0
$\begingroup$

When considering the uncertainty of a signal which is determined by multiple inputs propagation of uncertainty states that for measurement $$ y = f(x), x=\{x_1, x_2,..., x_N\} $$ uncertainty in $y$ is $$u_y=\sum_i \frac{\partial f}{\partial x_i} u_{x_i} $$ My question is how do we get to this rule. I know that it can be obtained by a taylor expansion of $f_i$ but I don't see why this is a sensible/logical thing to do.

$\endgroup$
  • 1
    $\begingroup$ Please define uncertainty. What your formula looks like is just a step along the definition of derivative of $y$ with respect to $x$: $$\Delta y = \sum_i \Delta f_i(x) = \sum_i \frac{\Delta f_i}{\Delta x}\Delta x$$ $\endgroup$ – Dilip Sarwate May 1 '14 at 17:24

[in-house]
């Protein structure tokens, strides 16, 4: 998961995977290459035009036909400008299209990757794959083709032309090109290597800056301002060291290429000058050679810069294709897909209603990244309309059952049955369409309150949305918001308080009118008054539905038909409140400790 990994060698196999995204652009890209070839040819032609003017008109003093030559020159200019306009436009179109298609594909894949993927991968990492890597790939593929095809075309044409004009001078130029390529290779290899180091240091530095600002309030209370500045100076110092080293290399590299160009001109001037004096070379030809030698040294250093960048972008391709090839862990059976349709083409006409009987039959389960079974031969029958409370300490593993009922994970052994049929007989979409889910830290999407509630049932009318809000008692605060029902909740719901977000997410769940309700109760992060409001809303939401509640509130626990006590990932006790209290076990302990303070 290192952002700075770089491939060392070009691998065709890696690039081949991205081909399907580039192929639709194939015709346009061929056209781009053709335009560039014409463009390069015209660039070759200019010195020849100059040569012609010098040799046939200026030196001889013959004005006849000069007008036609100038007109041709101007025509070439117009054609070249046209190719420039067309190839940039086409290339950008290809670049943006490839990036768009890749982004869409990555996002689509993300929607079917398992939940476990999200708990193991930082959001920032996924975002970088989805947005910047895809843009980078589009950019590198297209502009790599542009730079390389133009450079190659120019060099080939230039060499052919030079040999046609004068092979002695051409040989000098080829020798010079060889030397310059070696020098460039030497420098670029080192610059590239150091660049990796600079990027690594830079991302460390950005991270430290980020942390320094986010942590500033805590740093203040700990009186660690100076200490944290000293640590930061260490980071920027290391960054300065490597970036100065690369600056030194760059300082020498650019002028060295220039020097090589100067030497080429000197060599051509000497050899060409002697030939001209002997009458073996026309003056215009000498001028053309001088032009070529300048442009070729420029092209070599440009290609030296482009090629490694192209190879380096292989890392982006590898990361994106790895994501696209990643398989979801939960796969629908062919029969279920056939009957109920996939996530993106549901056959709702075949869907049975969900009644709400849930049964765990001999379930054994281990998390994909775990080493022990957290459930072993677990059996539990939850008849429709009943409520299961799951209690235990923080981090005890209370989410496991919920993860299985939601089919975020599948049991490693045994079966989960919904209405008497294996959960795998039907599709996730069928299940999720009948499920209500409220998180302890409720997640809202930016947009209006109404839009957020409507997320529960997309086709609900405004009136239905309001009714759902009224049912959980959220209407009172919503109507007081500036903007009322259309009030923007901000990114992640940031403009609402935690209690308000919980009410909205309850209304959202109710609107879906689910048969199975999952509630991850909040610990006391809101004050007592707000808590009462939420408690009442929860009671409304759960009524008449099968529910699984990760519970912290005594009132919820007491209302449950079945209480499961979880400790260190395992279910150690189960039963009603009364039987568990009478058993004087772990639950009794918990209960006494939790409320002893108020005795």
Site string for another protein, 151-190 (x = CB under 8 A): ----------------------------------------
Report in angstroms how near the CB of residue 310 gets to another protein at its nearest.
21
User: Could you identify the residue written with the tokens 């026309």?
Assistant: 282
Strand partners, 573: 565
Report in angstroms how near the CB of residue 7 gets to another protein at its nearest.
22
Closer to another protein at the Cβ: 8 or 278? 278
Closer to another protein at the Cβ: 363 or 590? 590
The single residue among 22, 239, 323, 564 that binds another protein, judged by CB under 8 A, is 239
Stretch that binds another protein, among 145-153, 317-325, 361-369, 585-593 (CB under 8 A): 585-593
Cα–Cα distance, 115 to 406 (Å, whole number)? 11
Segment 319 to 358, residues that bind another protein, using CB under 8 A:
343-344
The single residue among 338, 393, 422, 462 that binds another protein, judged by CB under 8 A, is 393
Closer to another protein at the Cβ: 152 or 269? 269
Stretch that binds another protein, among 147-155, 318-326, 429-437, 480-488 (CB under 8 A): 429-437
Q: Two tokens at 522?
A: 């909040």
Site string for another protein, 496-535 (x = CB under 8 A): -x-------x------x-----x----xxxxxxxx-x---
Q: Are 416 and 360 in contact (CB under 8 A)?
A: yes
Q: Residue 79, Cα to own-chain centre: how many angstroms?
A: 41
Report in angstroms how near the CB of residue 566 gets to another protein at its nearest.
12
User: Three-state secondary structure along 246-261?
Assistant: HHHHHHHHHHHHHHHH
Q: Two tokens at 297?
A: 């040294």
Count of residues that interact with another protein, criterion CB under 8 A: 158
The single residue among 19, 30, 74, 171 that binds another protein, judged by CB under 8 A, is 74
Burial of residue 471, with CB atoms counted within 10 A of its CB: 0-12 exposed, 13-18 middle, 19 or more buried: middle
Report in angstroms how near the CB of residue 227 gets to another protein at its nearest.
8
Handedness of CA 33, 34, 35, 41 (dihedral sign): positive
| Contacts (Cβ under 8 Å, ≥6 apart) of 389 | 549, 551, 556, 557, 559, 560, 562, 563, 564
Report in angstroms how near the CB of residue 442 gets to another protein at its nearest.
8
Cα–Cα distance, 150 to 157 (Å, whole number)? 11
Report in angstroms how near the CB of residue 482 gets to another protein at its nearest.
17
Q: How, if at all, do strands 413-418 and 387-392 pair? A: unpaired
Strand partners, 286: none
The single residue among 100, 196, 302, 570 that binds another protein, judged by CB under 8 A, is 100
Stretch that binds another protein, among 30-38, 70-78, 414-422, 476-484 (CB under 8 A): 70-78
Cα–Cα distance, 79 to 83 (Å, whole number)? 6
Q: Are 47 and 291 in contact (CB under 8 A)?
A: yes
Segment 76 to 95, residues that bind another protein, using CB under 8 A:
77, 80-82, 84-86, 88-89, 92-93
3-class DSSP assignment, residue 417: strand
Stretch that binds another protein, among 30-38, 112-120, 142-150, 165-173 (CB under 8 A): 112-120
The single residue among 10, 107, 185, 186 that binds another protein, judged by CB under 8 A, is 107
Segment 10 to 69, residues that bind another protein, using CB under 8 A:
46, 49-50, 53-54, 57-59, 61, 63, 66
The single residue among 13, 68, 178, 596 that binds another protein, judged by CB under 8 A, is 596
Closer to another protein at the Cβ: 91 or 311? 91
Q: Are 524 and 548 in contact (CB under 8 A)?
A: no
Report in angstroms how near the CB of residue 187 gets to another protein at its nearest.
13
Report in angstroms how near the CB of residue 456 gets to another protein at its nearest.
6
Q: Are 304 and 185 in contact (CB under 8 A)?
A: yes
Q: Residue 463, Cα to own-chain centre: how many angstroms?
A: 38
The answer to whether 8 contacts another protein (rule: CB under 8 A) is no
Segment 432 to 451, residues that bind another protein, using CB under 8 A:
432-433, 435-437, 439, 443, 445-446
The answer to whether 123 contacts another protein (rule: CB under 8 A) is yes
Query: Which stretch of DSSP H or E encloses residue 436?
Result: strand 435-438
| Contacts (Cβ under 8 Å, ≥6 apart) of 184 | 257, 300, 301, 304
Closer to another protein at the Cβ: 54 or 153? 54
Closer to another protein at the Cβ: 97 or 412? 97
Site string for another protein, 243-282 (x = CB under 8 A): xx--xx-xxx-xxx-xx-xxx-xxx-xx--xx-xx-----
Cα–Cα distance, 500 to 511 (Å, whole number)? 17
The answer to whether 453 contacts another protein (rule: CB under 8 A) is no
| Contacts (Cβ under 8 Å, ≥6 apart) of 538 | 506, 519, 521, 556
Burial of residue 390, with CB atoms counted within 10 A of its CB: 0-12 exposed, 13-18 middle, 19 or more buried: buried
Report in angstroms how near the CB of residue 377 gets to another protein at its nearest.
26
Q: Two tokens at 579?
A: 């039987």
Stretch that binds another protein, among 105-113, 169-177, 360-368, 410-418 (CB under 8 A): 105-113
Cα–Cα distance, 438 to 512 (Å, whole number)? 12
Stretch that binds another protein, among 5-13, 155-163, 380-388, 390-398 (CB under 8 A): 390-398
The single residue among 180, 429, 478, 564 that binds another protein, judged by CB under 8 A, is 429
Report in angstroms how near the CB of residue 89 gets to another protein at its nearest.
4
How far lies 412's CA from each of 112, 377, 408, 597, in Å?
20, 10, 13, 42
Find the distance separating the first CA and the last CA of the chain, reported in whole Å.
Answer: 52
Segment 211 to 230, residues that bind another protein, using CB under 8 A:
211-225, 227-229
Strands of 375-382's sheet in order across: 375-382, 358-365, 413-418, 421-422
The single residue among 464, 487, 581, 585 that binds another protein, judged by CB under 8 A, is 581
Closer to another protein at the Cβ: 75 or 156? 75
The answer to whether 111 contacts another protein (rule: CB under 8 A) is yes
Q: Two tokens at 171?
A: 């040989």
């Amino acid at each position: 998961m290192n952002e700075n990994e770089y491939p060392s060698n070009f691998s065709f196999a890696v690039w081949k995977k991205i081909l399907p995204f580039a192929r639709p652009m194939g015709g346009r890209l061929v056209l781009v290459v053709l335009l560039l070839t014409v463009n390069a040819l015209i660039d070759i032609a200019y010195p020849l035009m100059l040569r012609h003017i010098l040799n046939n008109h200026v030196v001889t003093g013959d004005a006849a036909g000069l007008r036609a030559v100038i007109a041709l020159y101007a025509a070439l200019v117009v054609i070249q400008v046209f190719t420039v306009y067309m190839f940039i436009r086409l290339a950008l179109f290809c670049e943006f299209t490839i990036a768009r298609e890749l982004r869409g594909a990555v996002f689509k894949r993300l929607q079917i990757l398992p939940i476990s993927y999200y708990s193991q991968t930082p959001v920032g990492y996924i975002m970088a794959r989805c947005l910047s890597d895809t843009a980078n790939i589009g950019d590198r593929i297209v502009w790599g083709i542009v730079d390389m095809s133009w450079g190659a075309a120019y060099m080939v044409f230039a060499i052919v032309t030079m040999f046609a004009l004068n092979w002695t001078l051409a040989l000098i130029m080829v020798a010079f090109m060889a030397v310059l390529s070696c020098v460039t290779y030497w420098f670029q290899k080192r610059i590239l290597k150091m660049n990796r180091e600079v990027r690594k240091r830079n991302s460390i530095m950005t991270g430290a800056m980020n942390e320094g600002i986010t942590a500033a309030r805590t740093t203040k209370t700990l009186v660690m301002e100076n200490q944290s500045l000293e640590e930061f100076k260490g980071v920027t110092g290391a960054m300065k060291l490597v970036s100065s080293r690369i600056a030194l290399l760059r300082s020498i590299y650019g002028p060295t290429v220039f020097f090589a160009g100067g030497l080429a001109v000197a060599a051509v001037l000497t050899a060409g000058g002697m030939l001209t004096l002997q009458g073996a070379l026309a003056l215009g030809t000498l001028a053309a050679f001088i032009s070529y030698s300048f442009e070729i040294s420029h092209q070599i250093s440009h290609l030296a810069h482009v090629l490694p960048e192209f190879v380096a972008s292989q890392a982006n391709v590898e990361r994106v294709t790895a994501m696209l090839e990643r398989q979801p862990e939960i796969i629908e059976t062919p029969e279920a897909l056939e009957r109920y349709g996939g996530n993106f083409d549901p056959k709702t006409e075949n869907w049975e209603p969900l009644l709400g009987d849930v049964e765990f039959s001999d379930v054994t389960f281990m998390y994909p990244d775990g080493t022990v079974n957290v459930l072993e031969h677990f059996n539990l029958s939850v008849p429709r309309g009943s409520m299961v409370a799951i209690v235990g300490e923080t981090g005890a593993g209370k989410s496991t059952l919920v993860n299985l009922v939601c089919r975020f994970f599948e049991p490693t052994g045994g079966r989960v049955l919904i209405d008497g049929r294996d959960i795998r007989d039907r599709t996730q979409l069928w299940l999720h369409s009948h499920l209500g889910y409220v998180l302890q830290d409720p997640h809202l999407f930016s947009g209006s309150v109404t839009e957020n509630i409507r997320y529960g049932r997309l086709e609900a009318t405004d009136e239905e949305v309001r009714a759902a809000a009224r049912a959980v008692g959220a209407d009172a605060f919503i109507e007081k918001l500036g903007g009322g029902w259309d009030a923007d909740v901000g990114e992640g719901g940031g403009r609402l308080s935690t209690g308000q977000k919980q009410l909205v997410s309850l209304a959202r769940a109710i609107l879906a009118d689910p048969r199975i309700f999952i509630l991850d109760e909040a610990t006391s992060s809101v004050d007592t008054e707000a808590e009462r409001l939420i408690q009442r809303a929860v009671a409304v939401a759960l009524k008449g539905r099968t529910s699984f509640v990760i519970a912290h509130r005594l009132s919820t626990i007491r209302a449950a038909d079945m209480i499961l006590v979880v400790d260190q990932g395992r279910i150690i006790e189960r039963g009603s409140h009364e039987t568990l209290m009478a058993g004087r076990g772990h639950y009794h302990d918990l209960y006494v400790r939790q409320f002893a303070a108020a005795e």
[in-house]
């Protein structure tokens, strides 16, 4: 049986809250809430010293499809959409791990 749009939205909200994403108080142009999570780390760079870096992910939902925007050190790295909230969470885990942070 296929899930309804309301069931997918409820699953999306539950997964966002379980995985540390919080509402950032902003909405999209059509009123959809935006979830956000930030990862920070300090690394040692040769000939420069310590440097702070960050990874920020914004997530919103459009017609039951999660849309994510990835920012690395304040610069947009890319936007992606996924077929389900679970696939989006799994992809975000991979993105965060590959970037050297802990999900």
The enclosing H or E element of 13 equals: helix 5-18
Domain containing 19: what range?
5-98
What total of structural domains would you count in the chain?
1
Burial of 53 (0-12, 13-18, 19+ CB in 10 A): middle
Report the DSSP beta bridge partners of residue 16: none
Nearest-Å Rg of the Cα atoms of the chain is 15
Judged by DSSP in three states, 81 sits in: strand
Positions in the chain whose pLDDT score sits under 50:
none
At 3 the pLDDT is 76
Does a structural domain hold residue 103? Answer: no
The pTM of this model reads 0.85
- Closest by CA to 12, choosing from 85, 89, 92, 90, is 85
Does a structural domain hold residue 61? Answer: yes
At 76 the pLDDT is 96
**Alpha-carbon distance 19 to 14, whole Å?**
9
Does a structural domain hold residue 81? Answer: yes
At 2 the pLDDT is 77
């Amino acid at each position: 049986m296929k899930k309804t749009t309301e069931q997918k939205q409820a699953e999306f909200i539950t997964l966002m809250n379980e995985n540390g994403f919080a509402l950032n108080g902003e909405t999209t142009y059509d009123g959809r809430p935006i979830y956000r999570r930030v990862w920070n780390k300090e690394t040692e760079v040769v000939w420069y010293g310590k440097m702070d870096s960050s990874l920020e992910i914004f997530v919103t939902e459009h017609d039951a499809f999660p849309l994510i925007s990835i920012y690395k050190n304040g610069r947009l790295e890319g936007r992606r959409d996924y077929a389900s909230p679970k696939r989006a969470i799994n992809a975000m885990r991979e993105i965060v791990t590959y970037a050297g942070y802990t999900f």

• $\begingroup$ @DilipSarwate The uncertainty of a measurement is basically the standard deviation (or a multiple) that you would expect if you repeated the measurement multiple times. See wikipedia for more about propagation $\endgroup$ – nivag May 2 '14 at 8:25
  • $\begingroup$ Do you actually mean $y(x_1,\ldots,x_n)=\sum_if_i(x_1,\ldots,x_n)$? $\endgroup$ – Matt L. May 2 '14 at 9:16
  • $\begingroup$ @MattL. Not quite, but I definitely didn't mean what I had written. Edited this now, hopefully it makes more sense $\endgroup$ – nivag May 2 '14 at 9:25
  • $\begingroup$ If the uncertainty does mean standard deviation as you claim, then your formula is sheer nonsense. It might make sense of uncertainty means variance. $\endgroup$ – Dilip Sarwate May 3 '14 at 1:52

Your Answer

By clicking “Post Your Answer”, you agree to our terms of service, privacy policy and cookie policy

Browse other questions tagged or ask your own question.